11 July 2024

Resolving the logistics bottleneck at the Customs checkpoint in the South and increasing overall trade and investment were high on the agenda of Malaysia’s newly elected Prime Minister Anwar Ibrahim when he visited Thailand last week.  

Anwar paid an official trip to Thailand on February 9-10 to introduce himself after taking the helm of his country’s leadership in November. He had previously met with the leaders of Brunei, Indonesia and Singapore.

He met with PM General Prayut Chan-o-cha on February 9, discussing bilateral cooperation and Asean affairs.

On the economic front, the two leaders agreed to continue to work together to achieve the ambitious goal of increasing two-way trade to US$30 billion by 2025 from about $27 billion last year and $24 billion in 2021. Thailand had a trade deficit of $1.8 billion with Malaysia in 2022.

Customs checkpoint 

The Thai government pushed Anwar to speed up construction of a road about a kilometre long to connect Thailand’s Sadao Customs checkpoint with the Malaysian checkpoint.

Thailand had finished construction of the new Sadao Customs’ checkpoint many years ago, but there is no road on the Malaysia side to connect its Bukit Kayu Hitam Customs checkpoint with the Thai side.

According to a source, concerned government agencies in Malaysia have not yet reached a consensus on building the road despite getting a green light from the Finance Ministry.

The delay has created a logistics bottleneck for transporting goods from Thailand to Malaysia.

Momentum for growth triangle

Prayut and Anwar also discussed further development of the Indonesia-Malaysia-Thailand Growth Triangle (IMT-GT) subregional programme, which aims to stimulate economic development in 32 of the three countries’ less-developed states and provinces, which are home to over 54 million people.

The IMT-GT was initiated in 1993 and covers 14 provinces in southern Thailand: Krabi, Nakhon Si Thammarat, Narathiwat, Pattani, Phatthalung, Satun, Songkhla, Trang, Yala, Chumphon, Ranong, Surat Thani, Phang Nga, and Phuket; eight northern states of Peninsular Malaysia: Kedah, Kelantan, Melaka, Negeri Sembilan, Penang, Perak, Perlis, and Selangor; and 10 provinces of Sumatra, Indonesia: Aceh, Bangka-Belitung, Bengkulu, Jambi, Lampung, North Sumatra, Riau, Riau Islands, South Sumatra, and West Sumatra.

Anwar gave the Thai business community assurances on logistics connectivity at a forum entitled “The Future of Asean” in Bangkok, where he gave a keynote speech and joined a question-and-answer session on February 10. The event was organized by the Malaysian-Thai Chamber of Commerce.

Exclusive – A Conversation with Malaysian Prime Minister Anwar Ibrahim

Prioritizing connectivity 

Anwar said his government was giving priority to connectivity of infrastructure projects between the two countries.

Anwar also called for an Asian Monetary Fund (AMF) that would include countries such as China, Japan and South Korea. The proposal by Japan to create an AMF to combat the 1997 Asian Financial Crisis was never established following opposition from the US, and reluctance by China to join it.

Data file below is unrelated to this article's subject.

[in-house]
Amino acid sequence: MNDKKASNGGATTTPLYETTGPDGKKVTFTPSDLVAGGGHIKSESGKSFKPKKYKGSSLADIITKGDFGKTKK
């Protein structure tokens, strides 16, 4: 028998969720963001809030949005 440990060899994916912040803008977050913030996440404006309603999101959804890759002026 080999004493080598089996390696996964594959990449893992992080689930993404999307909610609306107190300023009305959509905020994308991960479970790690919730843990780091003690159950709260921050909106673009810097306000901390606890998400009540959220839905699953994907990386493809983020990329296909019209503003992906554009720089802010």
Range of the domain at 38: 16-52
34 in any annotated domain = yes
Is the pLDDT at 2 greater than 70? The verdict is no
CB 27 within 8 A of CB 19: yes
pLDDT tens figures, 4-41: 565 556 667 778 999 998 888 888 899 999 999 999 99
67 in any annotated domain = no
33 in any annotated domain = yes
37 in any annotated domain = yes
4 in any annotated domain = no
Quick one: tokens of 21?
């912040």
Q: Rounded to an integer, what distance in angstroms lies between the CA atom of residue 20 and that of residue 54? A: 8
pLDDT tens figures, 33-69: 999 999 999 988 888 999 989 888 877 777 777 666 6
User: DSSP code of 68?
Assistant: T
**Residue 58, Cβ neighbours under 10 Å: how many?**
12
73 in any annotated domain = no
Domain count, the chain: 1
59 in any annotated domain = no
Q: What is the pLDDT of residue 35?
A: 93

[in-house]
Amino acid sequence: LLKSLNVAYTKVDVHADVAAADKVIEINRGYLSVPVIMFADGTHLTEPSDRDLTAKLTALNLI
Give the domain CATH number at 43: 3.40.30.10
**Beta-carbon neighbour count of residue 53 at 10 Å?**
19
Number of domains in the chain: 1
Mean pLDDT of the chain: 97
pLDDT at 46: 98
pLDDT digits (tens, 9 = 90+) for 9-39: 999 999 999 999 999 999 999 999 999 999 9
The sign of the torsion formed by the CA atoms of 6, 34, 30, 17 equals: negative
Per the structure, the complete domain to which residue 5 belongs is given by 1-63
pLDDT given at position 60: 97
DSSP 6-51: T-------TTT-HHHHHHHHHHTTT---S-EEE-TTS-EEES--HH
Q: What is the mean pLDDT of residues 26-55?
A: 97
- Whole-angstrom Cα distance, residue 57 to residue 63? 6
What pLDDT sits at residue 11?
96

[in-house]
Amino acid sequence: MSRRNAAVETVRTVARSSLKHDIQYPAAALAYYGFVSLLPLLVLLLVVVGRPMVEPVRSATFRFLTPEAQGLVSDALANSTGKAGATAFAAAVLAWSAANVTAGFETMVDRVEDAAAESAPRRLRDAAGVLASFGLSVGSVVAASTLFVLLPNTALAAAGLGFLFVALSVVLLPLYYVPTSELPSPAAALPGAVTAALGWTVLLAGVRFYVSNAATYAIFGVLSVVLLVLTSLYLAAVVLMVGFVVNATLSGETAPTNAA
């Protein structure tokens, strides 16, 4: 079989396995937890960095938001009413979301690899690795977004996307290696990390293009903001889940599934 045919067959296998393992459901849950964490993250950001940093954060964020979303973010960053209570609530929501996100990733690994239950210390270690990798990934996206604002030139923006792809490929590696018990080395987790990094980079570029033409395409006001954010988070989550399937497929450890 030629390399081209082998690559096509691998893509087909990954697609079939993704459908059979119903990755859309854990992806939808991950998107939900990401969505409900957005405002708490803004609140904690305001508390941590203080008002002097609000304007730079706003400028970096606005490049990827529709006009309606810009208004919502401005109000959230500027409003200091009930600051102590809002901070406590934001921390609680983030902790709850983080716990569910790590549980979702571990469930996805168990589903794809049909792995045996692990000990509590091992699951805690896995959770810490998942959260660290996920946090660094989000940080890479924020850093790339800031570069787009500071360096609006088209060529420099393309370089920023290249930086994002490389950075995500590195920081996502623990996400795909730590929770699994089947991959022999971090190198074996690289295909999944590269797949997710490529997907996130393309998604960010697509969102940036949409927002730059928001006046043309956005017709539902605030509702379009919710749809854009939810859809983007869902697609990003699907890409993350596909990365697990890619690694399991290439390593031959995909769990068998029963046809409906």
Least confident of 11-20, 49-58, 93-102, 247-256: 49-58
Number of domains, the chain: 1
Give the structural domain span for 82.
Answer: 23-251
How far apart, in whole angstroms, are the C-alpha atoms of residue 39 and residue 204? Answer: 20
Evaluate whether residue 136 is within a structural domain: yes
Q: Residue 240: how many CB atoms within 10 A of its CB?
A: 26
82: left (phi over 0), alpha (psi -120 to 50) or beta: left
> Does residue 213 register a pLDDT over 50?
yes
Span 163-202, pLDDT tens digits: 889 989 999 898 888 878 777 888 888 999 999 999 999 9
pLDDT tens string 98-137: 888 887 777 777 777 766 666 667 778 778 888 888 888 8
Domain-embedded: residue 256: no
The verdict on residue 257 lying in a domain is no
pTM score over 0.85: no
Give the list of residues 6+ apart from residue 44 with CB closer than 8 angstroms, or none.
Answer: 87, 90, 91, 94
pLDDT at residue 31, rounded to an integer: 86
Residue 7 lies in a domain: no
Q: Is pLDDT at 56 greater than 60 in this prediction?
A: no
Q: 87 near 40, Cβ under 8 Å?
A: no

He sees potential for joint investment projects in energy, electric car production, digital and other modern sectors.

He also touched on cooperation among ASEAN countries, saying it should be based on each country’s competitive advantage so that it benefits everyone.

Malaysia is among Thailand’s 10 largest export markets. Two-way trade was worth $27 billion in 2022. Thailand’s top exports to Malaysia included electrical and electronic equipment, machinery, vehicles and rubbers, and imports were electrical and electronic equipment, mineral fuels, oils and distillation products, machinery and plastics.

Over 1.9 million Malaysian tourists, the largest overseas group, visited Thailand last year, making an important contribution to the recovery of the Thai economy after the COVID-19 pandemic.

Tackling unrest in deep South 

Years of Muslim insurgency in the deep South have impacted Thailand’s economic development. The Thai government has asked the Malaysian government to facilitate negotiations with separatist groups in the South. Anwar promised to give his support and said he was against violence by any side. “We have zero tolerance for violence,” he said firmly.

Regarding the ongoing tensions between China and the United States, Anwar said Asean should engage independently with both sides.

ASEAN, meanwhile, is benefiting from the geopolitical issue as many investors are moving their investments and some production bases from China to Asean countries, such as Vietnam, Indonesia, Malaysia and Thailand.

Exclusive: Anwar calls for new ASEAN approaches to deal with Myanmar crisis

More cooperation  

Anwar and Prayut witnessed the signing of four memorandums of understanding (MoUs) between the two sides.

The Electricity Generating Authority of Thailand signed an MoU with Tenaga Nasional Berhad (TNB) to jointly explore opportunities for connecting the electricity grids of the two countries.

TNB Renewable Sdn Bhd (TRe) signed an MoU with Planet Utility Co Ltd (Planet Utility) to jointly look into renewal technology and power production in Thailand. TNB Power Generation Sdn Bhd signed an agreement with B Grimm Power Public Co to cooperate on developing renewable energy in Southeast Asia.

Malaysia Digital Economy Corporation Sdn Bhd signed an MoU with Thailand’s Digital Economic Promotion Agency for cooperation in the digital economy.

Somjai Phagaphasvivat, an independent political and economic analyst, said that the two sides would face a challenge to increase bilateral trade to $30 billion as most of their products may not be complimentary.

Both Malaysia and Thailand are export-oriented economies and compete with each other for global market share. For example, the two countries are rivals in export of rubber products, palm oil and durian, a tropical fruit.

By Thai PBS World’s Business Desk